Whatever happened to the 22-episode season? The obligatory Halloween, Thanksgiving, and Christmas episodes that we all love so much? The laugh track and theme song? We are talking Lost, The Big Bang Theory, Cheers, Frasier, That 70’s Show. They just don’t make shows like that anymore.
[I am surely missing others but don’t care ask each of you individually what your favorite was. Just yell them out to your screen real quick — Feel better now?]
Prestige TV these days has taken hold of our attention by doing more with less. When I say less, I mean 6, 8, 10, 13 episode seasons. Don’t get me wrong, I am not saying that these shorter seasons are worse by any means, quite the opposite. I just hate having 2 months of a show then having to wait another 10 for the next season. Let’s double click on The Office as a case study here. (Raise your hand if you love corporate talk!)
Most of the network TV shows I mentioned above started their seasons in the fall, took a short break over the Christmas break, then resumed in the new year once the viewers got back from their holiday travel. Season two of The Office was on air from Sept 2005 all the way until May 2006. We fortunately only had to wait another 3 months to get the next installment, which happened to be the episode where Michael kisses Oscar.
Three months of baseball, warm weather, and rooftop chillin (Except not this year). While we’re on the subject, let’s boo all the studios pushing their release dates to the fall and 2021 rather than moving to on demand releases. (Check out Invisible Man, it’s great!) Also, for those who don’t experience cold weather for 7-9 months a year, lucky you.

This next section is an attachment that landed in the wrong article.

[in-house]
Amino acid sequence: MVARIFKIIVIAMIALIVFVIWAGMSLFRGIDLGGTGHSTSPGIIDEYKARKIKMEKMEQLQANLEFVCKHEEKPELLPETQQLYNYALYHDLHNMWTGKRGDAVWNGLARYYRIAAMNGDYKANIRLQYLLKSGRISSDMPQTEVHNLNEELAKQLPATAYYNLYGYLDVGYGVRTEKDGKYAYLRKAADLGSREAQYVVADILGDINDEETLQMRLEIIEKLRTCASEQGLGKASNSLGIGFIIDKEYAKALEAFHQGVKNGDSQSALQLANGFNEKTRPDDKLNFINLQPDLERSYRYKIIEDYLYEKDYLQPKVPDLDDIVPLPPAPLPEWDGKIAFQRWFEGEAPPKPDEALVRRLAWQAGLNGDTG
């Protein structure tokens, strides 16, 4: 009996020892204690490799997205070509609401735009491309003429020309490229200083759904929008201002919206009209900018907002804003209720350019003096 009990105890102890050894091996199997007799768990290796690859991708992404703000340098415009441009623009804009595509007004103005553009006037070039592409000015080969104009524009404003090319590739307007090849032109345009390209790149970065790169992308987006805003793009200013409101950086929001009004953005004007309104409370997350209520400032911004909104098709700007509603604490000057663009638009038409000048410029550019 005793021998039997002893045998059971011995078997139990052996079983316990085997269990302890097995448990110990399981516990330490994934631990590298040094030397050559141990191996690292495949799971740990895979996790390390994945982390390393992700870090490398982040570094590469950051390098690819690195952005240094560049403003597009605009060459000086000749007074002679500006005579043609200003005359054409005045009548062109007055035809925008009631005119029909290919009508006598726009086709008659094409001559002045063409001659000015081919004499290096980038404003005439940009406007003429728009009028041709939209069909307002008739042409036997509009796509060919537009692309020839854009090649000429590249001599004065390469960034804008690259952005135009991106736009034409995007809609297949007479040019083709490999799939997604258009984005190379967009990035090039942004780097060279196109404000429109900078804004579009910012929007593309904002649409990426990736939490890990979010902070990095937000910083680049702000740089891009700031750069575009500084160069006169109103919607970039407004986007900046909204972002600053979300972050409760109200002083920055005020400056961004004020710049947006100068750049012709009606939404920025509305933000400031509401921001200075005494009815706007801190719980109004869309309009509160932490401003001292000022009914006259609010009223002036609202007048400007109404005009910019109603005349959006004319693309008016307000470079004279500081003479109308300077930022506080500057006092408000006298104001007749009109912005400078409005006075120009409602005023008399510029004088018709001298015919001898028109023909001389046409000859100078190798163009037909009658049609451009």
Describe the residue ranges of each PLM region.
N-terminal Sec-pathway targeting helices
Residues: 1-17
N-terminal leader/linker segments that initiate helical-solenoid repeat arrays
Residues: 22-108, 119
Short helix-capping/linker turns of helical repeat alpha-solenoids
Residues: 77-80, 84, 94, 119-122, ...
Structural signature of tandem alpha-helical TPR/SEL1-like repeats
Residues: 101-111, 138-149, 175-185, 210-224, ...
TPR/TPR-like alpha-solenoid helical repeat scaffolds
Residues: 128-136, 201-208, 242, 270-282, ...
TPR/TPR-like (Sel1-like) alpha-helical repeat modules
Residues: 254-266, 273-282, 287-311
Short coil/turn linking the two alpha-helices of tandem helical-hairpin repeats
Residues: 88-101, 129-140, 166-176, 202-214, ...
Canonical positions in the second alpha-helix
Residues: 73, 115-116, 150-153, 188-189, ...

Ok, moving on… The obvious nail in the coffin for networks dumping millions of $$$ into their network lineups was streaming. Netflix started their streaming service in 2007. Prior, they relied on a DVD mail delivery service which people born after 1998 would never have understood. (Shoutout Mr. Juice for letting me borrow those Dexter Dvds) Ever since, ratings for these primetime slots has steadily declined; and with that, the ad dollars have slowed. There’s a reason every network is launching their own streaming service with exclusive content right now. (Peacock, HBO MAX, CBS All Access)
These initial subscriptions with 1-2 high value properties seems to be enough to get the ball rolling for the streaming wars. Will the Friends catalog be enough to distinguish HBO Max from HBOgo? The Office seems to be the go-to fall asleep show for most of my generation, will that carry Peacock?